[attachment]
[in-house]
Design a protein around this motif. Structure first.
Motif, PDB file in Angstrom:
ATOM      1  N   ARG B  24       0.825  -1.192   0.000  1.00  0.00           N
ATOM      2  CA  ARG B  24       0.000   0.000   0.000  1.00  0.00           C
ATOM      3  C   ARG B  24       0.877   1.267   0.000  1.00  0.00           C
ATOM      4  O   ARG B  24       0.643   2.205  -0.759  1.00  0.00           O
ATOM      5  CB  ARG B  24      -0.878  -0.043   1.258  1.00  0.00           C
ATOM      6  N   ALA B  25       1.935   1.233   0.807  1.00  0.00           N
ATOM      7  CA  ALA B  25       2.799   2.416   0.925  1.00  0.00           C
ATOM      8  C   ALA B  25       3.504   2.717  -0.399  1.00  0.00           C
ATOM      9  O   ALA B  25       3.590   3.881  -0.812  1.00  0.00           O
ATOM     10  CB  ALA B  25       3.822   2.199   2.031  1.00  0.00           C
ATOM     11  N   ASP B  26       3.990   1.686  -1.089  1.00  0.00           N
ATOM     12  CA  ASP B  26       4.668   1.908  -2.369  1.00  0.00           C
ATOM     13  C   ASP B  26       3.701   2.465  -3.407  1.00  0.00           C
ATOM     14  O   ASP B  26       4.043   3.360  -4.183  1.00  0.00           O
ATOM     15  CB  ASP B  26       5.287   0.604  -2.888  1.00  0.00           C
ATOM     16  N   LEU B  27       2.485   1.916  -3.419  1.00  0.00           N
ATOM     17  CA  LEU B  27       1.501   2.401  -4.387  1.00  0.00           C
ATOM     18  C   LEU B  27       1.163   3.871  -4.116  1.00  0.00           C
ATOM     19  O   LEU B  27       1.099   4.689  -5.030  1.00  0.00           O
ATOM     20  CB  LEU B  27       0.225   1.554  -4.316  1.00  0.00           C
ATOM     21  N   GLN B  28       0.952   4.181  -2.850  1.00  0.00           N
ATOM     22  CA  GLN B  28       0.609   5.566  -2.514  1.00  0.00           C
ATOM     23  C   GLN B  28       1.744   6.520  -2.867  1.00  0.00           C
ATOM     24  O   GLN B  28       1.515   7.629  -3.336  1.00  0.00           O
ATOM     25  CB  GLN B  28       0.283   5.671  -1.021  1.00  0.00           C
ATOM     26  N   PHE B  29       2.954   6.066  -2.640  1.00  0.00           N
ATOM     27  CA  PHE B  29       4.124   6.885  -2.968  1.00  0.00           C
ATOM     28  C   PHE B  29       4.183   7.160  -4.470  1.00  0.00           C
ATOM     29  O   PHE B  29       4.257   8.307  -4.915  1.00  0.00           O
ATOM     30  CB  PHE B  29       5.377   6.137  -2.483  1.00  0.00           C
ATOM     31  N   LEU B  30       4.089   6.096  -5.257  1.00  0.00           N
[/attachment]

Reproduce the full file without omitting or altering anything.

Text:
[in-house]
Design a protein around this motif. Structure first.
Motif, PDB file in Angstrom:
ATOM      1  N   ARG B  24       0.825  -1.192   0.000  1.00  0.00           N
ATOM      2  CA  ARG B  24       0.000   0.000   0.000  1.00  0.00           C
ATOM      3  C   ARG B  24       0.877   1.267   0.000  1.00  0.00           C
ATOM      4  O   ARG B  24       0.643   2.205  -0.759  1.00  0.00           O
ATOM      5  CB  ARG B  24      -0.878  -0.043   1.258  1.00  0.00           C
ATOM      6  N   ALA B  25       1.935   1.233   0.807  1.00  0.00           N
ATOM      7  CA  ALA B  25       2.799   2.416   0.925  1.00  0.00           C
ATOM      8  C   ALA B  25       3.504   2.717  -0.399  1.00  0.00           C
ATOM      9  O   ALA B  25       3.590   3.881  -0.812  1.00  0.00           O
ATOM     10  CB  ALA B  25       3.822   2.199   2.031  1.00  0.00           C
ATOM     11  N   ASP B  26       3.990   1.686  -1.089  1.00  0.00           N
ATOM     12  CA  ASP B  26       4.668   1.908  -2.369  1.00  0.00           C
ATOM     13  C   ASP B  26       3.701   2.465  -3.407  1.00  0.00           C
ATOM     14  O   ASP B  26       4.043   3.360  -4.183  1.00  0.00           O
ATOM     15  CB  ASP B  26       5.287   0.604  -2.888  1.00  0.00           C
ATOM     16  N   LEU B  27       2.485   1.916  -3.419  1.00  0.00           N
ATOM     17  CA  LEU B  27       1.501   2.401  -4.387  1.00  0.00           C
ATOM     18  C   LEU B  27       1.163   3.871  -4.116  1.00  0.00           C
ATOM     19  O   LEU B  27       1.099   4.689  -5.030  1.00  0.00           O
ATOM     20  CB  LEU B  27       0.225   1.554  -4.316  1.00  0.00           C
ATOM     21  N   GLN B  28       0.952   4.181  -2.850  1.00  0.00           N
ATOM     22  CA  GLN B  28       0.609   5.566  -2.514  1.00  0.00           C
ATOM     23  C   GLN B  28       1.744   6.520  -2.867  1.00  0.00           C
ATOM     24  O   GLN B  28       1.515   7.629  -3.336  1.00  0.00           O
ATOM     25  CB  GLN B  28       0.283   5.671  -1.021  1.00  0.00           C
ATOM     26  N   PHE B  29       2.954   6.066  -2.640  1.00  0.00           N
ATOM     27  CA  PHE B  29       4.124   6.885  -2.968  1.00  0.00           C
ATOM     28  C   PHE B  29       4.183   7.160  -4.470  1.00  0.00           C
ATOM     29  O   PHE B  29       4.257   8.307  -4.915  1.00  0.00           O
ATOM     30  CB  PHE B  29       5.377   6.137  -2.483  1.00  0.00           C
ATOM     31  N   LEU B  30       4.089   6.096  -5.257  1.00  0.00           N